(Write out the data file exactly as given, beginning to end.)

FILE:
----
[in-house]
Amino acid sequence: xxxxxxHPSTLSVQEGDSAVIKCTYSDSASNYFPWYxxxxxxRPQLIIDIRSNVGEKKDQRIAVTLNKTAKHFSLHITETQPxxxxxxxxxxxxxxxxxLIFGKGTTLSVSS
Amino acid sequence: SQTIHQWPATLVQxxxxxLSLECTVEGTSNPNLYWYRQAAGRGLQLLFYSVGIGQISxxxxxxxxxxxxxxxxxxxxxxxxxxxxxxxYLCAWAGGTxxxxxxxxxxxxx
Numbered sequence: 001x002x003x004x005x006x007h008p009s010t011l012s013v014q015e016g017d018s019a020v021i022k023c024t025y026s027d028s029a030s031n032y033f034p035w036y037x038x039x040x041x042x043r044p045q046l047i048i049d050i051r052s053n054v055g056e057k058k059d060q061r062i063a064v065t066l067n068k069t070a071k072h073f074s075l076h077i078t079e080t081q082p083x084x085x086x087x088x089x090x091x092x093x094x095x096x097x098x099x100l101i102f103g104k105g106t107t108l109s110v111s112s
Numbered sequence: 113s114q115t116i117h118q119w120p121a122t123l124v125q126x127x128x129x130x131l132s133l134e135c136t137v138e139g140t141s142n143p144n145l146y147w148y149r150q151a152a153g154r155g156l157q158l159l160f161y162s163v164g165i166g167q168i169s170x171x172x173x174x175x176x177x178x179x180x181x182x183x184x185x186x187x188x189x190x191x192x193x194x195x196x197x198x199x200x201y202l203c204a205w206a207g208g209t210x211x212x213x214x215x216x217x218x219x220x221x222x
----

[in-house]
Amino acid sequence: xxxxxxHPSTLSVQEGDSAVIKCTYSDSASNYFPWYxxxxxxRPQLIIDIRSNVGEKKDQRIAVTLNKTAKHFSLHITETQPxxxxxxxxxxxxxxxxxLIFGKGTTLSVSS
Amino acid sequence: SQTIHQWPATLVQxxxxxLSLECTVEGTSNPNLYWYRQAAGRGLQLLFYSVGIGQISxxxxxxxxxxxxxxxxxxxxxxxxxxxxxxxYLCAWAGGTxxxxxxxxxxxxx
Numbered sequence: 001x002x003x004x005x006x007h008p009s010t011l012s013v014q015e016g017d018s019a020v021i022k023c024t025y026s027d028s029a030s031n032y033f034p035w036y037x038x039x040x041x042x043r044p045q046l047i048i049d050i051r052s053n054v055g056e057k058k059d060q061r062i063a064v065t066l067n068k069t070a071k072h073f074s075l076h077i078t079e080t081q082p083x084x085x086x087x088x089x090x091x092x093x094x095x096x097x098x099x100l101i102f103g104k105g106t107t108l109s110v111s112s
Numbered sequence: 113s114q115t116i117h118q119w120p121a122t123l124v125q126x127x128x129x130x131l132s133l134e135c136t137v138e139g140t141s142n143p144n145l146y147w148y149r150q151a152a153g154r155g156l157q158l159l160f161y162s163v164g165i166g167q168i169s170x171x172x173x174x175x176x177x178x179x180x181x182x183x184x185x186x187x188x189x190x191x192x193x194x195x196x197x198x199x200x201y202l203c204a205w206a207g208g209t210x211x212x213x214x215x216x217x218x219x220x221x222x